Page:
Course Unit Page

  • Teacher Martin Gonzalez Eiras

  • Credits 6

  • SSD SECS-P/01

  • Teaching Mode Traditional lectures

  • Language English

  • Campus of Bologna

  • Degree Programme Second cycle degree programme (LM) in Applied Economics and Markets (cod. 5969)

Academic Year 2023/2024

Learning outcomes

The course starts from the foundations of monetary economics and then provides a broad overview of the main and most recent issues discussed in monetary economics and the models developed to analyze them. Special emphasis will be placed on the characterization of optimal monetary policy as the challenges created by credibility problems and how institutions help to alleviate them. At the end of the course students will be able to: - explain and discuss why people demand money and what are the costs of inflation; - solve both Classical and Keynesian macroeconomic models and assess the role and efficacy of monetary policy; - understand the main channels of the monetary transmission mechanism, through which monetary policy can have real effects on the economy; - assess the merits and disadvantages of different monetary institutions.

Course contents

1. Foundations of money.

2. New keynesian framework. 

3. Fiscal theory of the price level.

4. Optimal monetary policy.

5. Credibility issues and institutions. 


Gali J., "Monetary Policy, Inflation, and the Business Cycle", 2015, Princeton University Press. 

Cochrane J., "The Fiscal Theory of the Price Level", 2023, Princeton University Press. 

Samuelson P., "An Exact Consumption-Loan Model of Interest with or without the Social Contrivance of Money", 1958, Journal of Political Economy, 66(6).

Sidrauski M., "Rational Choice and Patterns of Growth in a Monetary Economy", 1967, American Economic Review 57(2), 534-544.

Sargent T. and N. Wallace, "Some Unpleasant Monetarist Arithmetic", 1981, Federal Reserve Bank of Minneapolis Quarterly Review, 5(3), 1-17.

Barro R., and D. Gordon, "Rules, discretion and reputation in a model of monetary policy", 1983, Journal of Monetary Economics 12(1), 101-121.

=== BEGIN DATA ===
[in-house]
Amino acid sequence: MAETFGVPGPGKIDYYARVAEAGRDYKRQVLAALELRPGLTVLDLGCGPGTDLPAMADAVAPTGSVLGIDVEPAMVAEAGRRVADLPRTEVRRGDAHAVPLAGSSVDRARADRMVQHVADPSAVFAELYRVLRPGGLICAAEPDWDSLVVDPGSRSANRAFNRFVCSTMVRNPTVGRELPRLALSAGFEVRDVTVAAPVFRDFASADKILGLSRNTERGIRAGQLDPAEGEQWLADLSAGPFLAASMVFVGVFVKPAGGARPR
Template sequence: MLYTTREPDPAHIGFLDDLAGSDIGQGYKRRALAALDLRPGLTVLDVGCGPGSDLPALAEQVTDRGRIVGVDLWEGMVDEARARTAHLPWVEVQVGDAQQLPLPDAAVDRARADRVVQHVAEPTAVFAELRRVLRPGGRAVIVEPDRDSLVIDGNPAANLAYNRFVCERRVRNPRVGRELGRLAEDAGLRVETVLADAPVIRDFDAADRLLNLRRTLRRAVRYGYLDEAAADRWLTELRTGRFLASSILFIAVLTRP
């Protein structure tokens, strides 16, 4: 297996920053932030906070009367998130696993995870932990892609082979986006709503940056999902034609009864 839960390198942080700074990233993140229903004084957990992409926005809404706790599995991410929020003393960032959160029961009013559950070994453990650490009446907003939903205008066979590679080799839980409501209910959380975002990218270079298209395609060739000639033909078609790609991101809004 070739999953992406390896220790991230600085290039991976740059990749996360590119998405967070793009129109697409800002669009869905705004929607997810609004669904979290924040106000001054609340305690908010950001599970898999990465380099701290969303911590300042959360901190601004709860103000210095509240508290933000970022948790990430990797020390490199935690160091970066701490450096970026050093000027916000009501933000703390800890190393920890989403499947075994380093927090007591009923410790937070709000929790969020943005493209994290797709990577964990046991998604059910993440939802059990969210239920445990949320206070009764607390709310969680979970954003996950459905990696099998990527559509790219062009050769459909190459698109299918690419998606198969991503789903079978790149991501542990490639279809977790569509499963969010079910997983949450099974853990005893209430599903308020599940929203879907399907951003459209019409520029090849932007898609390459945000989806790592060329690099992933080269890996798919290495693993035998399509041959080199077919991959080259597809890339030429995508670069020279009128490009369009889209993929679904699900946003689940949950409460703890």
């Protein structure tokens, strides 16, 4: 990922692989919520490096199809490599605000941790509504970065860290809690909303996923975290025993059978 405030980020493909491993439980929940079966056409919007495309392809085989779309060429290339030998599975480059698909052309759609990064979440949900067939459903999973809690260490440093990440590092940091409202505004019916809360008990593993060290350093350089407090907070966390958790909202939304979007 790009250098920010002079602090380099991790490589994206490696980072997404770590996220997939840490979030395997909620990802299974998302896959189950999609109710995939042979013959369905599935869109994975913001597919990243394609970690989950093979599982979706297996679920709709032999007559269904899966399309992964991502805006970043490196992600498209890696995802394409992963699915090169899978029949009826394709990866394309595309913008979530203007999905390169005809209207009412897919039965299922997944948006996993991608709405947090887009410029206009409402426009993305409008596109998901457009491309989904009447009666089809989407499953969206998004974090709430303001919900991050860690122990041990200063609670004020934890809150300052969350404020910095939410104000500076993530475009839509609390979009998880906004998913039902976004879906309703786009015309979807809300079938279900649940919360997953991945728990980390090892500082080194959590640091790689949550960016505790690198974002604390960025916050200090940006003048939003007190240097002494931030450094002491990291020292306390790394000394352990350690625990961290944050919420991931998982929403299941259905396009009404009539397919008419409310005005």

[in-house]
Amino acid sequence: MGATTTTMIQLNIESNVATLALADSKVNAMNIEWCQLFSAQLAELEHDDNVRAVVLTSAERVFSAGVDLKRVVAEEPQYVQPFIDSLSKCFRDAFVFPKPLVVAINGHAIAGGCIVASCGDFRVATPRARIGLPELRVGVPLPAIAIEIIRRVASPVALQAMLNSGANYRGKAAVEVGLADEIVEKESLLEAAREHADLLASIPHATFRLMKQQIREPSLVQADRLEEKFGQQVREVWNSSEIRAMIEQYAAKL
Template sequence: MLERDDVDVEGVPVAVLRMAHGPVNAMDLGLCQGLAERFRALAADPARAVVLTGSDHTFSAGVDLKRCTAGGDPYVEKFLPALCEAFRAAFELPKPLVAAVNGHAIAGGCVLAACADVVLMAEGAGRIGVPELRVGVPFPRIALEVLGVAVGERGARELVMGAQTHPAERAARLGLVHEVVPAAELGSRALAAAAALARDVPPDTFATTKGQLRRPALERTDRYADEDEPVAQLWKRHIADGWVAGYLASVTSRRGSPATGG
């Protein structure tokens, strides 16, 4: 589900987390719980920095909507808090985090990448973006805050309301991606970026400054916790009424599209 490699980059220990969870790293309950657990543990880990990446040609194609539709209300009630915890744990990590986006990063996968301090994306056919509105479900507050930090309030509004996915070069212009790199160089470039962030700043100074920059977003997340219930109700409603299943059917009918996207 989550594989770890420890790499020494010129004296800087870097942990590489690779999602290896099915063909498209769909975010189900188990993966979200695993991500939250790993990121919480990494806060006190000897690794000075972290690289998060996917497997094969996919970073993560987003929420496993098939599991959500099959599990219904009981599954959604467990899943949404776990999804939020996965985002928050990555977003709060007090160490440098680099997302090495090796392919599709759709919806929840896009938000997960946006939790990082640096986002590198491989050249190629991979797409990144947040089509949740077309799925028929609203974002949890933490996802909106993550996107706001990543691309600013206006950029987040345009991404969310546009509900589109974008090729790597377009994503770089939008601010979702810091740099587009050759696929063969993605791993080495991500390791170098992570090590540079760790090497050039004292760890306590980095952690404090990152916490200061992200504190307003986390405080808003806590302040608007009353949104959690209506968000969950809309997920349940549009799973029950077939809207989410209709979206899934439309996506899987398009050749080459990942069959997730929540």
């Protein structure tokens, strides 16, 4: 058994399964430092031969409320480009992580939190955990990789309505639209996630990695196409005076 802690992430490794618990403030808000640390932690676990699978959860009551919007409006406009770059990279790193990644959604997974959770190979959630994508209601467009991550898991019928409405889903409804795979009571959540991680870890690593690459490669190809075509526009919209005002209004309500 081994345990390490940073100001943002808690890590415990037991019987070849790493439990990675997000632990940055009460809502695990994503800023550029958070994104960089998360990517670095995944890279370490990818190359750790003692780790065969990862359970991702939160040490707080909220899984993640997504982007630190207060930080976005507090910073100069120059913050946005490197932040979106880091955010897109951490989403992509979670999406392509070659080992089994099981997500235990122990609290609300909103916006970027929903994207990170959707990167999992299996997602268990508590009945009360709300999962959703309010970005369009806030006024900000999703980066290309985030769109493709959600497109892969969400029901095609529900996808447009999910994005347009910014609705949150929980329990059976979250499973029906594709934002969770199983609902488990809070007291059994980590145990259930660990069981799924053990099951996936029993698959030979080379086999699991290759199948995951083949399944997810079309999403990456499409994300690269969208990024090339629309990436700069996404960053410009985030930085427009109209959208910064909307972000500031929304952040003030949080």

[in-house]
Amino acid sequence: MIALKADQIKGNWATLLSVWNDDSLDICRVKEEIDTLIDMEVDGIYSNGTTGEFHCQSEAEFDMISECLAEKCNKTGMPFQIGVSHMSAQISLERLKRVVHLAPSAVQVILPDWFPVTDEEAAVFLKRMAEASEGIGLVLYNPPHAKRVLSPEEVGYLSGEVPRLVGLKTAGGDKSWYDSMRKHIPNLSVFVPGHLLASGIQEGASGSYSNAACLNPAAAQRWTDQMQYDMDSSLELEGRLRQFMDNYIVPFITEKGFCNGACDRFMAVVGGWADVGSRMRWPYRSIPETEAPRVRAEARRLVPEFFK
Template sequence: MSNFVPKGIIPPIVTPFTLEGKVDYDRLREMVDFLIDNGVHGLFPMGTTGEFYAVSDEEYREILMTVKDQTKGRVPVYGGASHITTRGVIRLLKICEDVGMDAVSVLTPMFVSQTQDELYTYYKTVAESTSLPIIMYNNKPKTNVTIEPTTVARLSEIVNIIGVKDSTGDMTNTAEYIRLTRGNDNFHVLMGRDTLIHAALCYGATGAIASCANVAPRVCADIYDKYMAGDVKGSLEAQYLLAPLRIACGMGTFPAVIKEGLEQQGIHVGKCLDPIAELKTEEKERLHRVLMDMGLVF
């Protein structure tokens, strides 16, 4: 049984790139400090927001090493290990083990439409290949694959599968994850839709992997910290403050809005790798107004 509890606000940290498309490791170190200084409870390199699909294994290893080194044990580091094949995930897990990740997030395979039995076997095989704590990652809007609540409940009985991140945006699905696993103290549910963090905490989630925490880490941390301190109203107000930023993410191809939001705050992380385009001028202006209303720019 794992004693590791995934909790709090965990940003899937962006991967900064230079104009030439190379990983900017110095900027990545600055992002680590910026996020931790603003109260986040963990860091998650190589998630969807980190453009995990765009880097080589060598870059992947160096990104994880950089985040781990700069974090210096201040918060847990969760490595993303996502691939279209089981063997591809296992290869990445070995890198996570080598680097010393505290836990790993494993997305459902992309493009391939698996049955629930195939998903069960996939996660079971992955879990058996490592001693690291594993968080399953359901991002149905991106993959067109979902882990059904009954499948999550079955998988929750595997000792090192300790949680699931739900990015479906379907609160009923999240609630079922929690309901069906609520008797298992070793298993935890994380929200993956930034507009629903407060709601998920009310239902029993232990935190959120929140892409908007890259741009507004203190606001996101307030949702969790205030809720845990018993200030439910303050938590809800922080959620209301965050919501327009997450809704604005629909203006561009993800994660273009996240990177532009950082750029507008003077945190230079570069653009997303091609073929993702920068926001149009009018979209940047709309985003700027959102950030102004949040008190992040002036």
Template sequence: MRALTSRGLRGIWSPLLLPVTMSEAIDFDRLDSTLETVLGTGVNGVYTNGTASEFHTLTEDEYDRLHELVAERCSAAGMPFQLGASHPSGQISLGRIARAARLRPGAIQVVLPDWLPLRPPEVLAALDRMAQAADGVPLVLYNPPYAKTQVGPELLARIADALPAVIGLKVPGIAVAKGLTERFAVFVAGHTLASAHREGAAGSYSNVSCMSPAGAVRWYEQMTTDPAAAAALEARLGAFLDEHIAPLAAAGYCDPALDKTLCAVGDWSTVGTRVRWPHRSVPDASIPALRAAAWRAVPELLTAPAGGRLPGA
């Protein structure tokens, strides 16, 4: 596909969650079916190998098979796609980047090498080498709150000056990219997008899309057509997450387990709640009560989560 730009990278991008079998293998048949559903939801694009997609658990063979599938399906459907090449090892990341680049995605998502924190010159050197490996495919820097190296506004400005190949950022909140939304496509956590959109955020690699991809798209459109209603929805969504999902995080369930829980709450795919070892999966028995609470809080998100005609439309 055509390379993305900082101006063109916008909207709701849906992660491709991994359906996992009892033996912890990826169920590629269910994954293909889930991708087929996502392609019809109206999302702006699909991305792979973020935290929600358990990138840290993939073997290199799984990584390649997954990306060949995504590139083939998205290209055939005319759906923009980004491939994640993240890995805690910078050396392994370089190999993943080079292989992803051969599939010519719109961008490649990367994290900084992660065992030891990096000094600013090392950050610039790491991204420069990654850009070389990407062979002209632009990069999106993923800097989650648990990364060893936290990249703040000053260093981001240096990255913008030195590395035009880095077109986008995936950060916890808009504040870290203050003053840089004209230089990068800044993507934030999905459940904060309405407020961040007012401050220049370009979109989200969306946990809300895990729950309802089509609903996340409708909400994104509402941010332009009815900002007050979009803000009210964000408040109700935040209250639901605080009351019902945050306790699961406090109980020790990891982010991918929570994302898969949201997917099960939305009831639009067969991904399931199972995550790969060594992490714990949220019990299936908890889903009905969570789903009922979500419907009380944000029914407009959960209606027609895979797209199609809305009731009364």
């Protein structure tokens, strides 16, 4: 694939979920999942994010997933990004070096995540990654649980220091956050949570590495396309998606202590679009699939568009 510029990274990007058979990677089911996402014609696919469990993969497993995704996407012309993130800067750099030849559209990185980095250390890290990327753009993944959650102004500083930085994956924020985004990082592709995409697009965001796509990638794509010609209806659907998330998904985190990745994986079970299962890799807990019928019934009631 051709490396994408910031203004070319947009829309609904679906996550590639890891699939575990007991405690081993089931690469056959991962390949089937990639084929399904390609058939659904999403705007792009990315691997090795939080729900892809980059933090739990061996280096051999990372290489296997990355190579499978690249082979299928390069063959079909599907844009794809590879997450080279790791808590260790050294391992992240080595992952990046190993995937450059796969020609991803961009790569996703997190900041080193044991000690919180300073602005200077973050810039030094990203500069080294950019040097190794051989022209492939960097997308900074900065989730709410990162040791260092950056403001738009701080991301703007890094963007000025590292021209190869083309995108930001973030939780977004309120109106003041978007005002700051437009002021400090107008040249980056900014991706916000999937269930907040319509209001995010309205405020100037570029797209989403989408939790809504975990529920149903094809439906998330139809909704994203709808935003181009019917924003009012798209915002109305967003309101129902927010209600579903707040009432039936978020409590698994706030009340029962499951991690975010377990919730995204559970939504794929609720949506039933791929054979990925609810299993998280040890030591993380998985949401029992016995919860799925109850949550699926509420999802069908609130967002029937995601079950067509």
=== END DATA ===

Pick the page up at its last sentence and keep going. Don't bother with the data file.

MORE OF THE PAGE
Rogoff K., "The Optimal Degree of Commitment to an Intermediate Monetary Target", 1985, Quarterly Journal of Economics, 100(4), 1169–1189. 

Lucas R., and N. Stokey, "Money and Interest in a Cash-in-Advance Economy", 1987, Econometrica 55(3), 491-513.

Kiyotaki N., and R. Wright, "On Money as a Medium of Exchange", Journal of Political Economy, 1989, 97(4).

Lagos R., and R. Wright, "A Unified Framework for Monetary Theory and Policy Analysis", 2005, Journal of Political Economy, 113(3). 

Cochrane J., "Determinacy and Identification with Taylor Rules", 2011, Journal of Political Economy, 119(3).

Alvarez F., M. Beraja, M. Gonzalez-Rozada, and P. Neumeyer, "From Hyperinflation to Stable Prices: Argentina’s Evidence on Menu Cost Models", 2019, Quarterly Journal of Economics, 134(1), 451–505.


Teaching methods

Lectures and recitations, complemented by supporting material.

Attendance of both lectures and recitations is strongly recommended.

Assessment methods

Your grade will be based on a written final exam. Students can reject a pass grade in the exam only once.

The maximum possible score in the class is 30 cum laude, in case all answers are correct, complete and formally rigorous. The grade distribution is as follows:

<18 failed

18-23 sufficient

24-27 good

28-30 very good

30 e lode excellent

In case online exams will be envisaged by the University of Bologna for all students, the structure of the written exam is the same. The exam will be run through Teams or Zoom and Exams Online (EOL). Detailed instructions on how to manage and hand in the online exam are available on the course page on the VIRTUALE platform.

Teaching tools

Lectures and recitations.
Slides, exercises, and other material will be made available online on virtuale.

Office hours

See the website of Martin Gonzalez Eiras